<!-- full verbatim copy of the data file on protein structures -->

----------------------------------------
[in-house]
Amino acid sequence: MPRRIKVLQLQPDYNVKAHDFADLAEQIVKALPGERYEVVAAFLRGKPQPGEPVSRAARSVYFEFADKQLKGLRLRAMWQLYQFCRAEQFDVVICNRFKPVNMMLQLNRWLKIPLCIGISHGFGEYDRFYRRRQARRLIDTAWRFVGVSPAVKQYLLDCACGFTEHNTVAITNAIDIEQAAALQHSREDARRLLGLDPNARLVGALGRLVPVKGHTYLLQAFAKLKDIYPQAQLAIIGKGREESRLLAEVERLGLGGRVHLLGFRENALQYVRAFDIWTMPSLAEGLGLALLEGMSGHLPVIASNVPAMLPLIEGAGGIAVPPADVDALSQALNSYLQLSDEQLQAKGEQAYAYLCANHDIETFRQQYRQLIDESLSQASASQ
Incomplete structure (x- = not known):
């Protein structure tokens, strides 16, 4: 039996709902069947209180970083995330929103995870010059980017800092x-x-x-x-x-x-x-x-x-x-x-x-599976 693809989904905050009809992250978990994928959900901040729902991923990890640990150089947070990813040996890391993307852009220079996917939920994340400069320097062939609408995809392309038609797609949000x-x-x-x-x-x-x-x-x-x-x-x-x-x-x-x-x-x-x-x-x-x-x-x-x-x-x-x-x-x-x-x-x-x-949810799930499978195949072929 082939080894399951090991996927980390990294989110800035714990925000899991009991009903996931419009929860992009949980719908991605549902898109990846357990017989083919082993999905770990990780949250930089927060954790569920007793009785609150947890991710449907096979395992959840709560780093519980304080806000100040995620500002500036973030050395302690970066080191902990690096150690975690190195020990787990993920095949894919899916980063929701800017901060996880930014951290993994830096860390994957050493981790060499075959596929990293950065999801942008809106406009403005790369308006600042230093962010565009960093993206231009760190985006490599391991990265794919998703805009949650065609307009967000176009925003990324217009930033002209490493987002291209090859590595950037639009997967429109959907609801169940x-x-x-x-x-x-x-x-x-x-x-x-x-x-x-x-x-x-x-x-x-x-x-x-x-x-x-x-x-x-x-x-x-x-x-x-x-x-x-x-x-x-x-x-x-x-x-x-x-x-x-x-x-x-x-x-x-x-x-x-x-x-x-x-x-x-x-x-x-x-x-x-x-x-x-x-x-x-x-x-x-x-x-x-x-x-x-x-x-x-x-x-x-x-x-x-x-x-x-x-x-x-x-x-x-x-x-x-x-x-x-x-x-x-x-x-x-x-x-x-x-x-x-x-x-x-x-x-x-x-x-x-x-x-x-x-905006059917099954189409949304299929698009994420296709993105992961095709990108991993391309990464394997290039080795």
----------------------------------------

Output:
[in-house]
Amino acid sequence: MPRRIKVLQLQPDYNVKAHDFADLAEQIVKALPGERYEVVAAFLRGKPQPGEPVSRAARSVYFEFADKQLKGLRLRAMWQLYQFCRAEQFDVVICNRFKPVNMMLQLNRWLKIPLCIGISHGFGEYDRFYRRRQARRLIDTAWRFVGVSPAVKQYLLDCACGFTEHNTVAITNAIDIEQAAALQHSREDARRLLGLDPNARLVGALGRLVPVKGHTYLLQAFAKLKDIYPQAQLAIIGKGREESRLLAEVERLGLGGRVHLLGFRENALQYVRAFDIWTMPSLAEGLGLALLEGMSGHLPVIASNVPAMLPLIEGAGGIAVPPADVDALSQALNSYLQLSDEQLQAKGEQAYAYLCANHDIETFRQQYRQLIDESLSQASASQ
Incomplete structure (x- = not known):
């Protein structure tokens, strides 16, 4: 039996709902069947209180970083995330929103995870010059980017800092x-x-x-x-x-x-x-x-x-x-x-x-599976 693809989904905050009809992250978990994928959900901040729902991923990890640990150089947070990813040996890391993307852009220079996917939920994340400069320097062939609408995809392309038609797609949000x-x-x-x-x-x-x-x-x-x-x-x-x-x-x-x-x-x-x-x-x-x-x-x-x-x-x-x-x-x-x-x-x-x-949810799930499978195949072929 082939080894399951090991996927980390990294989110800035714990925000899991009991009903996931419009929860992009949980719908991605549902898109990846357990017989083919082993999905770990990780949250930089927060954790569920007793009785609150947890991710449907096979395992959840709560780093519980304080806000100040995620500002500036973030050395302690970066080191902990690096150690975690190195020990787990993920095949894919899916980063929701800017901060996880930014951290993994830096860390994957050493981790060499075959596929990293950065999801942008809106406009403005790369308006600042230093962010565009960093993206231009760190985006490599391991990265794919998703805009949650065609307009967000176009925003990324217009930033002209490493987002291209090859590595950037639009997967429109959907609801169940x-x-x-x-x-x-x-x-x-x-x-x-x-x-x-x-x-x-x-x-x-x-x-x-x-x-x-x-x-x-x-x-x-x-x-x-x-x-x-x-x-x-x-x-x-x-x-x-x-x-x-x-x-x-x-x-x-x-x-x-x-x-x-x-x-x-x-x-x-x-x-x-x-x-x-x-x-x-x-x-x-x-x-x-x-x-x-x-x-x-x-x-x-x-x-x-x-x-x-x-x-x-x-x-x-x-x-x-x-x-x-x-x-x-x-x-x-x-x-x-x-x-x-x-x-x-x-x-x-x-x-x-x-x-x-x-905006059917099954189409949304299929698009994420296709993105992961095709990108991993391309990464394997290039080795």